What a party-hound Joe was! You'd never know he was that clever; dull, colorless Joe, who sat in a corner, watched the guests arrive, prepared drinks, offered suitable suggestions, stunts and otherwise made himself useful. Ken decided to engage him as a dresser at once. He liked that Joe, the old tart.

As for the others: Georgie-Porgie Keene, the handsome blond youth from Pittsburgh who graced the party with his baritone solos and who suddenly got drunk enough to sing the famous "Bucket of Violets," a song Ken had never heard before, a racy Rabelaisian chantey which made everyone rock with laughter.

Georgie, so they whispered, was "profesh," and then only when he was well paid. He was handsome, firmly-built, a boy who was good looking enough to be in the movies, Ken thought, instead of the road troupe of "Sweeter than Sweet."

Inkie Ward was the tall, lean youth whose rapier-like wit was at its sharpest when he thought of something off-color—and he thought of nothing else. "I'm at my best in drag," Inkie explained, "but I'll do some high-kicks that make you ashamed of yourself." In dancing strap and not much else, Inkie vied with Ken at the interesting game of kicking at the moon. Ken, as usual, won.

Veane West was quieter, round faced, soft, like a pudgy girl. He objected to profanity, carried his handkerchief in his sleeve, used his hands with fascinating grace and powdered his nose occasionally, using a tiny "compact" and holding the mirror meantime expertly in his palm. He shared a room with Inkie, who explained that Veane could only be a sister to him, a darling sister, and nothing more.

Two chorus girls had been invited by Joe. One was, like himself, an Italian, a blonde Italian descended from the mixed Teuton and Latin race of north Italy. Her features were of classic mould, a thoughtful blue-eyed Diana she seemed—and Diana Mirina was her name. She had joined the "Sweeter Than Sweet" troupe early in the summer at the same time her husband, Johnny Keeler, had been engaged to fill a small part abandoned by another actor. At first used only as an extra dancer, Diana was now regularly in the chorus line.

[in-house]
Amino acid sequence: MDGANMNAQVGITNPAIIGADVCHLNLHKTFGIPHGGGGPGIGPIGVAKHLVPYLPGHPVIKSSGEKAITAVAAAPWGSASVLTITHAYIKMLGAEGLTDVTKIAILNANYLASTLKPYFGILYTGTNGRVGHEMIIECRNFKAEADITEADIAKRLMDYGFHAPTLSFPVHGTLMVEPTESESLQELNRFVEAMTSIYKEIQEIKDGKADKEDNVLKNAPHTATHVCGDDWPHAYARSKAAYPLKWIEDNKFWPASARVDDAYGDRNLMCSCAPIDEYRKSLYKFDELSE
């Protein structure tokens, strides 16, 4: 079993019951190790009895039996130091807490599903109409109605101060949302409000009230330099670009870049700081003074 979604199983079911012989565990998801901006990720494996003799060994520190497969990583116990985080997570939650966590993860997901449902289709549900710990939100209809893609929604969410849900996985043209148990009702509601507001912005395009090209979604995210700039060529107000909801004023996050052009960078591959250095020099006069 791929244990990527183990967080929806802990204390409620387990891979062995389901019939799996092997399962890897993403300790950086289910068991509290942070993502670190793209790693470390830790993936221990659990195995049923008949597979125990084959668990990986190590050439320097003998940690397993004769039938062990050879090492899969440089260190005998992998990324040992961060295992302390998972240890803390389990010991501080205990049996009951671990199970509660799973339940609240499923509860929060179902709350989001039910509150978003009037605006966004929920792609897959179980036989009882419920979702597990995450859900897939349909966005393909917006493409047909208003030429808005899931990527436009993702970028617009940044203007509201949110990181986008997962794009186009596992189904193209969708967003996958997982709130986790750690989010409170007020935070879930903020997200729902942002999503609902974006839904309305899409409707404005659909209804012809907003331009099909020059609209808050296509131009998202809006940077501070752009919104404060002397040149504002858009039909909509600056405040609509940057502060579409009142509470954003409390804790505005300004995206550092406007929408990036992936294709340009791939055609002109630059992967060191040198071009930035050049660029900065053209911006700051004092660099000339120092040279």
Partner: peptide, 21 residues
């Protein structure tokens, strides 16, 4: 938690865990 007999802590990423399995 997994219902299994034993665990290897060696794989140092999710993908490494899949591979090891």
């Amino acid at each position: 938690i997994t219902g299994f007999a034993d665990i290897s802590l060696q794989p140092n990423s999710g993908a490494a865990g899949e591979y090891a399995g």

Of Jean Pond, who brought Diana to Ken's suite, Frankie whispered: "A real egg. Lots of fun. Knows all the ropes." Jean was the oldest chorus girl in the show. She drank steadily all night, favoring straight alcohol, not even diluting it with coca cola in the fashion Ken had imported from Selma. In Jean's retinue was "Zigzag," a shaggy West Highland terrier who nestled in his mistress' lap whenever she sat down. Between Diana and Zigzag Jean was too busy to pay much attention to the boys.

The third woman present had been Mitzi Black, the slim yellow maid Rosemary Rose had engaged for the road troupe. Mitzi, so Joe said, could be made to perform if enough liquor was poured down the inside of her neck. Straight alkie did the trick. She changed clothes and sex with Georgie Porgie, and with a black cigar in her mouth, entertained the party with low-down Harlem obscenities. Unhappily, she had passed out soon afterwards and Joe, good old Joe, had taken her to her room in the boarding house for colored artists, around the corner.

Gone now, they were all gone. The party was over. Ken turned from the mirror to the room. The acrid odor of alcohol still filled his nostrils. Empty bottles, crushed cigarettes, ash-strewn carpets—he unsteadily crossed to the bedroom door.

He was alone. It was dawn. Exhausted by the long night, he sank to his knees. He rested against the door for a time. At last he rose to undress. When he was free of his garments, he entered the bedroom, into which the pale morning light peered gingerly, as if afraid to reveal the disordered bed, the stale liquor in glasses on the dresser-top.

He toppled face down on the bed. This weariness was good. Sleep, like death, would come easily. He would not have to think.

The door vibrated. House Detective John J. McInerney struck it again and again with his fist. The gold ring on his little finger cut into his skin. He turned to Mitzi Black.

"If you'll prefer charges, I'll open the door. If you don't, I can't."

"You mean arrest him?" the negress asked hesitantly.